MG: And then it was funny, because someone tried to type in “Lamebook,” but we couldn’t type “Lamebook” on Facebook anymore. Not in statuses or chats or anywhere. You could say any curse word you wanted to on Facebook, but you couldn’t say “Lamebook.” I think we had pissed them off pretty bad. That went on for about a day, and TechCrunch did an article on it—talking about free speech.

 SNL will rip somebody off exactly, and nobody cares. It’s fine, everybody has a good time. But Facebook doesn’t seem to have a sense of humor about it. 

CM: That’s a really scary thing to do, completely omit a word from people’s vocabulary.

MG: Exactly, yeah! Everybody freaked out. I think they got quite a few emails. The next day, they turned it back on.

JS: Yeah, they said it was a “technological error” or something.

MG: I forgot about how big a deal that was. We were freaking out… it was weird. Then they gave us a warning to change our name or else “we’re going to sue you."

JS: It was really hard, because we had such a large following by then. We were afraid if we changed our name, we’d lose a lot of the readers because they’d get confused. So we registered, and we were really going to change it. We started building the site.

MG: We just decided that we wanted to keep the name, and the proper step to that was to file declaratory judgment. So we actually sued them first just to bring it to a court and say, “We’re a parody, we can use this name.” And then come Monday or Tuesday the following week, Facebook counter-sued.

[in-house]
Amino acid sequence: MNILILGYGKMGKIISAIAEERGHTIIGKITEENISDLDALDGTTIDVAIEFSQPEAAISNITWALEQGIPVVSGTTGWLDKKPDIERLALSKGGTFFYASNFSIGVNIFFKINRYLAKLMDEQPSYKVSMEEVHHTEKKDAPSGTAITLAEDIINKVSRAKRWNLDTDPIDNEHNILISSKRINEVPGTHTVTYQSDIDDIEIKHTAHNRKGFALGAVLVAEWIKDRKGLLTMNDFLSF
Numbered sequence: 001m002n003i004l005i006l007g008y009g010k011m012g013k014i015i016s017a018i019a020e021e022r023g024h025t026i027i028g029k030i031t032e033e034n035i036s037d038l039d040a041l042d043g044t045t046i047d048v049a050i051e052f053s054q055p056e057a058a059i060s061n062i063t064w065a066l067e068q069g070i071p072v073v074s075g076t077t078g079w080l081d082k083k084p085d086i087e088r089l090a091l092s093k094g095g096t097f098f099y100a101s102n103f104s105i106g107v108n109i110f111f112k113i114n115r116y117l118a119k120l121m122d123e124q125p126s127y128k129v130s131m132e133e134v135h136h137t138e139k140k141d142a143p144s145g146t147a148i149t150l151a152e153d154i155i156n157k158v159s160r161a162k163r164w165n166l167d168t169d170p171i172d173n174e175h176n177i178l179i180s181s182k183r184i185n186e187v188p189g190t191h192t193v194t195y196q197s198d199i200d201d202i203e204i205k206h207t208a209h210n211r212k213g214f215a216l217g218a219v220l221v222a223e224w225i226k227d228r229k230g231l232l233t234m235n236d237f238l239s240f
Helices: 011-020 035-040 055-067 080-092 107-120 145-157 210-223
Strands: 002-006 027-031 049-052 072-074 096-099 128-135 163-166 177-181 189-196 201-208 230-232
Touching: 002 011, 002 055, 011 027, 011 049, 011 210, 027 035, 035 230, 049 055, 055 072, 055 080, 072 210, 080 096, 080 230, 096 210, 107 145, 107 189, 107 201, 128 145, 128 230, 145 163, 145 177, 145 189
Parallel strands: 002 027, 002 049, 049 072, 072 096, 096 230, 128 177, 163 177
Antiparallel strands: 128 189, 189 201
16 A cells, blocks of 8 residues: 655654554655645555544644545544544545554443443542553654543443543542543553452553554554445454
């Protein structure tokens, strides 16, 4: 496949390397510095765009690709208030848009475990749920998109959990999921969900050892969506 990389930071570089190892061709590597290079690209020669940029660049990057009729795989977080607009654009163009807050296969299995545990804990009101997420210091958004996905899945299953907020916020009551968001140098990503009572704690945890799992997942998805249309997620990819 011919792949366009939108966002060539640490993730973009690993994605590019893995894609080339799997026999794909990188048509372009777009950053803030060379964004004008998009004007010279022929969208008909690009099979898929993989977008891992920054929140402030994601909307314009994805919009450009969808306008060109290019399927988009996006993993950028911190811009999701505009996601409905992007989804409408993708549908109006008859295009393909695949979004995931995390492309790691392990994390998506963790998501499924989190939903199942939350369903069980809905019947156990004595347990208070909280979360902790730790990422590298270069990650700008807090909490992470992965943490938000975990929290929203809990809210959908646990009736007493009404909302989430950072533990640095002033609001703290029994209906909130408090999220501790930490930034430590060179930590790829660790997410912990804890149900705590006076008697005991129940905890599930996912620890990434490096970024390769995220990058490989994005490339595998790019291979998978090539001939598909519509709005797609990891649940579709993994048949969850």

CM: Do you think it was scarier being sued by Facebook, who had a movie about suing people?

MG: I’ve never been married, but I think being sued by an ex-wife would be pretty scary too.

JS: Yeah, it was really funny, ‘cause the guy who served us didn’t know. He knocked on our door and said, “You’re being served by… Facebook.” And then he just handed me this huge packet and walked off. It was really intimidating.

CM: Do you see yourselves as the victors? A lot of news outlets are touting it as “David beats Goliath."

MG: No, we’re happy. I don’t know if I see myself as the winner. We can’t really say who the winner is.

JS: Yeah, it’s a settlement. I’m happy with it.

MG: I think Facebook’s kind of happy with it too. Everyone wins, everyone looses. Nobody gets exactly what they wanted.

JS: They’ve agreed to continue letting us run the site, and we agreed not to trademark the name “Lamebook." We had originally thought about trademarking that name, but we’re just not going to do that now.

CM: So, how are your lives after this?